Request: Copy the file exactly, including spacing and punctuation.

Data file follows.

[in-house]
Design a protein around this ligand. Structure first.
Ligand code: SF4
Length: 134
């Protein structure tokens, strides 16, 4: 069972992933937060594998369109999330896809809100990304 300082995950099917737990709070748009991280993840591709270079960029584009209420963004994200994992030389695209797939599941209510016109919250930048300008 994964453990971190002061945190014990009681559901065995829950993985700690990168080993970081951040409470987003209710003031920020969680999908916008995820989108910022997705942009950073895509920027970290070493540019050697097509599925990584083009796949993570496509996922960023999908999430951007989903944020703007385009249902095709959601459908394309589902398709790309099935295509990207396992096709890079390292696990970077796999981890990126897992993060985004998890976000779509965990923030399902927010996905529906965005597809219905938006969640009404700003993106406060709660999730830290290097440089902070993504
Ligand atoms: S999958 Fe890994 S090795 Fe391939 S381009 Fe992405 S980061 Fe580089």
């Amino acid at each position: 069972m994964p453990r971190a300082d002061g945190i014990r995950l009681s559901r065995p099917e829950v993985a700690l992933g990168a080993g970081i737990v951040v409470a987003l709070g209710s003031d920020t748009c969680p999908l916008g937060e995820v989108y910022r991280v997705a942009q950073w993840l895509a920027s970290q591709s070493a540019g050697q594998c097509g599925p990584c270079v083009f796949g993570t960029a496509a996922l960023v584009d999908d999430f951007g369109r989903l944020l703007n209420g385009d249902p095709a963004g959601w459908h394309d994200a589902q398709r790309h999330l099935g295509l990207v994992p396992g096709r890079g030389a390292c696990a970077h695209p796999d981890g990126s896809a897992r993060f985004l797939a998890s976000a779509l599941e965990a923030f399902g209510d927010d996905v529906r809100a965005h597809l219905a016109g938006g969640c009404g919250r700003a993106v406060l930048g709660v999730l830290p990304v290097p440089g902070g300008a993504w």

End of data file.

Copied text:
[in-house]
Design a protein around this ligand. Structure first.
Ligand code: SF4
Length: 134
């Protein structure tokens, strides 16, 4: 069972992933937060594998369109999330896809809100990304 300082995950099917737990709070748009991280993840591709270079960029584009209420963004994200994992030389695209797939599941209510016109919250930048300008 994964453990971190002061945190014990009681559901065995829950993985700690990168080993970081951040409470987003209710003031920020969680999908916008995820989108910022997705942009950073895509920027970290070493540019050697097509599925990584083009796949993570496509996922960023999908999430951007989903944020703007385009249902095709959601459908394309589902398709790309099935295509990207396992096709890079390292696990970077796999981890990126897992993060985004998890976000779509965990923030399902927010996905529906965005597809219905938006969640009404700003993106406060709660999730830290290097440089902070993504
Ligand atoms: S999958 Fe890994 S090795 Fe391939 S381009 Fe992405 S980061 Fe580089």
């Amino acid at each position: 069972m994964p453990r971190a300082d002061g945190i014990r995950l009681s559901r065995p099917e829950v993985a700690l992933g990168a080993g970081i737990v951040v409470a987003l709070g209710s003031d920020t748009c969680p999908l916008g937060e995820v989108y910022r991280v997705a942009q950073w993840l895509a920027s970290q591709s070493a540019g050697q594998c097509g599925p990584c270079v083009f796949g993570t960029a496509a996922l960023v584009d999908d999430f951007g369109r989903l944020l703007n209420g385009d249902p095709a963004g959601w459908h394309d994200a589902q398709r790309h999330l099935g295509l990207v994992p396992g096709r890079g030389a390292c696990a970077h695209p796999d981890g990126s896809a897992r993060f985004l797939a998890s976000a779509l599941e965990a923030f399902g209510d927010d996905v529906r809100a965005h597809l219905a016109g938006g969640c009404g919250r700003a993106v406060l930048g709660v999730l830290p990304v290097p440089g902070g300008a993504w």